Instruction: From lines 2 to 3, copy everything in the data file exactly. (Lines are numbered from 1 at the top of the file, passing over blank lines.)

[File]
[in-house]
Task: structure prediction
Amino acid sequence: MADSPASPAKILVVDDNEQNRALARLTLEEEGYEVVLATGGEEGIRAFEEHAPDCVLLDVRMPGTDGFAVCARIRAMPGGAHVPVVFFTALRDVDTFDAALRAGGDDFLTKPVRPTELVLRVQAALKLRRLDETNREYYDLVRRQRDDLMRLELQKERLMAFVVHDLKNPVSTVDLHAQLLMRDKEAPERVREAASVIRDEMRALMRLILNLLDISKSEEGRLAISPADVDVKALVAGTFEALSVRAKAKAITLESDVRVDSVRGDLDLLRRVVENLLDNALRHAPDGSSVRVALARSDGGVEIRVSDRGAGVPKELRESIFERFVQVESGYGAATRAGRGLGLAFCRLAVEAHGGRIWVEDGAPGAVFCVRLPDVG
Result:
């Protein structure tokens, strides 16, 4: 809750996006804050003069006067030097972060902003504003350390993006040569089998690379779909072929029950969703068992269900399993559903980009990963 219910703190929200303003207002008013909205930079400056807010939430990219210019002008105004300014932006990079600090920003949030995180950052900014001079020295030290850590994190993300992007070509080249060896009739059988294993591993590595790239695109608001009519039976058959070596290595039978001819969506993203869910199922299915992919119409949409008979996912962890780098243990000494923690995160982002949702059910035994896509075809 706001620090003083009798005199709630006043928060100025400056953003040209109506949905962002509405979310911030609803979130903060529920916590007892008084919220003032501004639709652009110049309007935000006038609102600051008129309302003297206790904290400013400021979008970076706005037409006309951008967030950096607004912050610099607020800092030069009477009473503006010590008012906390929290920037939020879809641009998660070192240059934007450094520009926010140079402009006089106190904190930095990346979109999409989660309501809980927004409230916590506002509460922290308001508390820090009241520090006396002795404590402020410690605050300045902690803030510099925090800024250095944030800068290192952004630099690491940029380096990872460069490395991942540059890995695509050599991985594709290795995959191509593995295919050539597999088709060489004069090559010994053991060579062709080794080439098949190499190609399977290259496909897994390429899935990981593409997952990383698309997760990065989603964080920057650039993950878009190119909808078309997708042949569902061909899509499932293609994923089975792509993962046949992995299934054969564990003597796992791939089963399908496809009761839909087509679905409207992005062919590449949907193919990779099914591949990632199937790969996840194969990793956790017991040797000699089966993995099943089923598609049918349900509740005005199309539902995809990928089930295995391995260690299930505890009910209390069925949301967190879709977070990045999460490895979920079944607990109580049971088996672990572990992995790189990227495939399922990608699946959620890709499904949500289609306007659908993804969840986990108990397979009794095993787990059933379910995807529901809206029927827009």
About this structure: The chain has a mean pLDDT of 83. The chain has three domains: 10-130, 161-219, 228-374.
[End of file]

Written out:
Task: structure prediction
Amino acid sequence: MADSPASPAKILVVDDNEQNRALARLTLEEEGYEVVLATGGEEGIRAFEEHAPDCVLLDVRMPGTDGFAVCARIRAMPGGAHVPVVFFTALRDVDTFDAALRAGGDDFLTKPVRPTELVLRVQAALKLRRLDETNREYYDLVRRQRDDLMRLELQKERLMAFVVHDLKNPVSTVDLHAQLLMRDKEAPERVREAASVIRDEMRALMRLILNLLDISKSEEGRLAISPADVDVKALVAGTFEALSVRAKAKAITLESDVRVDSVRGDLDLLRRVVENLLDNALRHAPDGSSVRVALARSDGGVEIRVSDRGAGVPKELRESIFERFVQVESGYGAATRAGRGLGLAFCRLAVEAHGGRIWVEDGAPGAVFCVRLPDVG